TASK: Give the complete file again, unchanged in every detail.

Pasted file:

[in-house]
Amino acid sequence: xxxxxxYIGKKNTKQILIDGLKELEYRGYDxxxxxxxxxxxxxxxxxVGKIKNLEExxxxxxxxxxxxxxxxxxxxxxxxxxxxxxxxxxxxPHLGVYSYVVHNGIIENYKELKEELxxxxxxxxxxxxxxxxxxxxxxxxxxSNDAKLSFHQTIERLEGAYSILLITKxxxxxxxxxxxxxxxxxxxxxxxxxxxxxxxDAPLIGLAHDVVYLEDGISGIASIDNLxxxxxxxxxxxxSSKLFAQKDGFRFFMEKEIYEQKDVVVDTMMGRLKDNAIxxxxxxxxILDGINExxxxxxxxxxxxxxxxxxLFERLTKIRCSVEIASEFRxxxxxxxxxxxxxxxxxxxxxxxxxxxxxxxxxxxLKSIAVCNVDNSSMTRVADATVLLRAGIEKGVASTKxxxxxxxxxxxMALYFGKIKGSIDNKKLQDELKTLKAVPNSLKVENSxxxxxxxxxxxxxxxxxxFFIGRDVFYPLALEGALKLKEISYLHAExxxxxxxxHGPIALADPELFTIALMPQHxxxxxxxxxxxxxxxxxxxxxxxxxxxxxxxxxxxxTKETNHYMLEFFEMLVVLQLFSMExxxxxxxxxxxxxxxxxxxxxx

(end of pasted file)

[in-house]
Amino acid sequence: xxxxxxYIGKKNTKQILIDGLKELEYRGYDxxxxxxxxxxxxxxxxxVGKIKNLEExxxxxxxxxxxxxxxxxxxxxxxxxxxxxxxxxxxxPHLGVYSYVVHNGIIENYKELKEELxxxxxxxxxxxxxxxxxxxxxxxxxxSNDAKLSFHQTIERLEGAYSILLITKxxxxxxxxxxxxxxxxxxxxxxxxxxxxxxxDAPLIGLAHDVVYLEDGISGIASIDNLxxxxxxxxxxxxSSKLFAQKDGFRFFMEKEIYEQKDVVVDTMMGRLKDNAIxxxxxxxxILDGINExxxxxxxxxxxxxxxxxxLFERLTKIRCSVEIASEFRxxxxxxxxxxxxxxxxxxxxxxxxxxxxxxxxxxxLKSIAVCNVDNSSMTRVADATVLLRAGIEKGVASTKxxxxxxxxxxxMALYFGKIKGSIDNKKLQDELKTLKAVPNSLKVENSxxxxxxxxxxxxxxxxxxFFIGRDVFYPLALEGALKLKEISYLHAExxxxxxxxHGPIALADPELFTIALMPQHxxxxxxxxxxxxxxxxxxxxxxxxxxxxxxxxxxxxTKETNHYMLEFFEMLVVLQLFSMExxxxxxxxxxxxxxxxxxxxxx